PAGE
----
It would be a mistake to view Sum 41 as just another second-rate band cashing in on the early-'00s punk-pop boom, even if it did recruit Jerry Finn to produce All Killer No Filler. Just as Finn had done for both blink-182 and Green Day, he charges Sum 41's punk-pop with a razor-sharp edge, the sort of dynamic in-your-face sound that helps this music cross over to MTV and radio so well. Besides the notable production, a lot of credit should go to the band as well. Its songwriting is obviously more diverse here than it was a year earlier on its debut album, Half Hour of Power; for example, the group's rap and '80s metal influences rise to the surface more frequently here than on that first album and instill a fun sense of camp. "Fatlip" is perhaps the best example of how Sum 41 has made an effort to diversify the music with more than just power chords and melodic punk vocals. Judging from this album, Sum 41 still isn't quite on the same level as alt-rock peers such as Weezer or Green Day, but the band is obviously headed in the right direction. In the meantime, it's difficult not to enjoy this album for what it is, even if it's a bit derivative.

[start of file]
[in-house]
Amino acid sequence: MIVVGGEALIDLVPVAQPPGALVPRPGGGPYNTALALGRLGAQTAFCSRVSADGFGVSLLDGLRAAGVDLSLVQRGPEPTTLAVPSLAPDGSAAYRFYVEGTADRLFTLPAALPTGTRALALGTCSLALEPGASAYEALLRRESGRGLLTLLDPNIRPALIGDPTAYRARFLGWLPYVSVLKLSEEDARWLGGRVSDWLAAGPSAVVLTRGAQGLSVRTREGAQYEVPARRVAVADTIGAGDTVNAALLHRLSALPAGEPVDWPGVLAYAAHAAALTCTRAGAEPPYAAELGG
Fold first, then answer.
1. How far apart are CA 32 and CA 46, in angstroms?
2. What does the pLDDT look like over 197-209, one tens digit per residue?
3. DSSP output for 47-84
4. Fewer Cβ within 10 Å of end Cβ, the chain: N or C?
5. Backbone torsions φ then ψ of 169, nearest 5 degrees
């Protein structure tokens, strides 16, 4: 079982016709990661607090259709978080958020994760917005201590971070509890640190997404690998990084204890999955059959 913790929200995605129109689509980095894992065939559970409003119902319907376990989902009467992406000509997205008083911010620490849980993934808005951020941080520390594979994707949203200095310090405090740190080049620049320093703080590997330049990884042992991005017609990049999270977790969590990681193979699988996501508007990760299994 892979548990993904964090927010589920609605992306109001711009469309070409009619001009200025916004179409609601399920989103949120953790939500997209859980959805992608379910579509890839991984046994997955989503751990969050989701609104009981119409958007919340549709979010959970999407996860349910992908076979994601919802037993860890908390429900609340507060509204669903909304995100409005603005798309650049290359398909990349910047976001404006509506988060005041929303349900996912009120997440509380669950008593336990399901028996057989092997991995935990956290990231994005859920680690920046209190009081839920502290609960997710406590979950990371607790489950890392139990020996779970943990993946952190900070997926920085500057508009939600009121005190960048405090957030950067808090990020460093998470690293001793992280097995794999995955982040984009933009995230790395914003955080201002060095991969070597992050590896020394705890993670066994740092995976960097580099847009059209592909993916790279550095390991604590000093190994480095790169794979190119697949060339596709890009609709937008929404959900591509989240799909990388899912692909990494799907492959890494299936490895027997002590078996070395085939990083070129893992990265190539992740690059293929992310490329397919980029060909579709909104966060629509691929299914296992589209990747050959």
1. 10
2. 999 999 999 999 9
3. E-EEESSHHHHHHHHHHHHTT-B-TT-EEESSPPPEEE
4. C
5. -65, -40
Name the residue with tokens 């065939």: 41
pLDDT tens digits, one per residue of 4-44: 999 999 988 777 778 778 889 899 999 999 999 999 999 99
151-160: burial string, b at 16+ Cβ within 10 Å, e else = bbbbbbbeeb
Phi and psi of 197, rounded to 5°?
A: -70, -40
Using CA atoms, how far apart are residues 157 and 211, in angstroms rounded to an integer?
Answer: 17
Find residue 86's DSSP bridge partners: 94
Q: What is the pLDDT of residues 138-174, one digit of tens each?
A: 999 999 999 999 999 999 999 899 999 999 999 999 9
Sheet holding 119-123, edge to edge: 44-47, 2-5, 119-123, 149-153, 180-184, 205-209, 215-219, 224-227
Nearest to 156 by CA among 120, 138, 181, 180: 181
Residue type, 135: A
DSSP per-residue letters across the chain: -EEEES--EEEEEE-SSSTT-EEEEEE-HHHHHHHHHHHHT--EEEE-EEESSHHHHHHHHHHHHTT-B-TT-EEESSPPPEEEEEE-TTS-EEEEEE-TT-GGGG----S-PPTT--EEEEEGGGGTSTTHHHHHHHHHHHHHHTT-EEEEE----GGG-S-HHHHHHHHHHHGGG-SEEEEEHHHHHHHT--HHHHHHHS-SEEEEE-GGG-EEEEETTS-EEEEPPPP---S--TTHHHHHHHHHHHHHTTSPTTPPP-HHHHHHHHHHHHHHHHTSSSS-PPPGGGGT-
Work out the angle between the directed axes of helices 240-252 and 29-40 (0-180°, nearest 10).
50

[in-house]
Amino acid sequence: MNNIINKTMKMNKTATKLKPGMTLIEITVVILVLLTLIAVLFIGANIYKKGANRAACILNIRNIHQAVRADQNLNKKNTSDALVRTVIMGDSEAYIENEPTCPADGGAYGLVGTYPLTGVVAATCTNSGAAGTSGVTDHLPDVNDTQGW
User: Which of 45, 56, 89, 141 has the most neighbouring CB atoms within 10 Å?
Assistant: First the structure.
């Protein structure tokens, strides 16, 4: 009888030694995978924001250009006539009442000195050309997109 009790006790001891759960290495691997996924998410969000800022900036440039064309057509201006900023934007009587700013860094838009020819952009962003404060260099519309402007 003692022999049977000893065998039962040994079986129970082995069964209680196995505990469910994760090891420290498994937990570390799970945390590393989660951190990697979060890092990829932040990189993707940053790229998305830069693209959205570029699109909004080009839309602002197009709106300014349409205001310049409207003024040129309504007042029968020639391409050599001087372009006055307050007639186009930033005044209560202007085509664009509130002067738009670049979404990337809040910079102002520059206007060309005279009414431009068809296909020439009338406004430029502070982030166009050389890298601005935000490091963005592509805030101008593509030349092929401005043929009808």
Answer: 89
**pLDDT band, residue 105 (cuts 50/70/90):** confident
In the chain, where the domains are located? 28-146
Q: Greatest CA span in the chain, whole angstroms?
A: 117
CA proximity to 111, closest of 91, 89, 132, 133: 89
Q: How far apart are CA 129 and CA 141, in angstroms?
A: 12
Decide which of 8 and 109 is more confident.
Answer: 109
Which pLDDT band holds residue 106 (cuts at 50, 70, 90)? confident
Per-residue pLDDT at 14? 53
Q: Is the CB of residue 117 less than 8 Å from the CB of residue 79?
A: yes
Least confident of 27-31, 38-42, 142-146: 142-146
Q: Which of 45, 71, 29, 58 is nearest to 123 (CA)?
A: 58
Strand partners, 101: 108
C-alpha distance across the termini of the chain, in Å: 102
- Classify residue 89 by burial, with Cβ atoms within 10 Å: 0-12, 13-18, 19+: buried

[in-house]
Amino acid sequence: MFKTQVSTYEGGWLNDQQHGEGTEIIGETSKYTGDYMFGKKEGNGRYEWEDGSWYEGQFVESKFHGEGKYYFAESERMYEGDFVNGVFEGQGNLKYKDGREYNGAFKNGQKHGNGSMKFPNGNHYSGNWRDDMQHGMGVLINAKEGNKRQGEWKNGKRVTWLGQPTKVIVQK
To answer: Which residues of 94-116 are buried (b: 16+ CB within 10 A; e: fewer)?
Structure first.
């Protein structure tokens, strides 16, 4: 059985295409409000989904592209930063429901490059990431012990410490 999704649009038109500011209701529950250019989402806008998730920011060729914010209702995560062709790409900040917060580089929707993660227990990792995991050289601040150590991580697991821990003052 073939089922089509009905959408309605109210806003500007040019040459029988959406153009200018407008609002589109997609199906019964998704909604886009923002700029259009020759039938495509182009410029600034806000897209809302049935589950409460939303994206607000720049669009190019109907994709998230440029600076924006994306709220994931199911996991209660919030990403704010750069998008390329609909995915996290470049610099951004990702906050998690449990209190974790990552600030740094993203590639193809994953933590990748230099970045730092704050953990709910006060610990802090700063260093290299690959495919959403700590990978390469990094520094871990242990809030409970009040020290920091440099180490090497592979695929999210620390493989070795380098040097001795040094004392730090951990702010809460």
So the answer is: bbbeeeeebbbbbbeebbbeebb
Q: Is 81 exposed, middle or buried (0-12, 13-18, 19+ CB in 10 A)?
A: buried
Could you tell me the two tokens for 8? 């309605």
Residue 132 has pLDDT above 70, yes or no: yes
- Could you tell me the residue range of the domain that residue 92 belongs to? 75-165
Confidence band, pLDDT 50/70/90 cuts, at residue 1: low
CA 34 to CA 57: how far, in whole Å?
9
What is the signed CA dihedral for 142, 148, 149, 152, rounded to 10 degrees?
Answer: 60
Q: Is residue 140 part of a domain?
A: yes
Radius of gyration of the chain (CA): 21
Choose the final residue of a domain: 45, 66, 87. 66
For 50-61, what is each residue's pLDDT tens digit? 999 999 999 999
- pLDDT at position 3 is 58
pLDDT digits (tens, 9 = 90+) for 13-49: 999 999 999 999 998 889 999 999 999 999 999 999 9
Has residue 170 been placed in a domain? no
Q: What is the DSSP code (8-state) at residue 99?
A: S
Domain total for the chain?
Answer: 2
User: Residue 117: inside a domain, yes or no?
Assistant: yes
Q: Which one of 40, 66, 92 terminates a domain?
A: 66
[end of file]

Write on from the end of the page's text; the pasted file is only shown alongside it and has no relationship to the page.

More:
AllMusic Review by Jason Birchmeier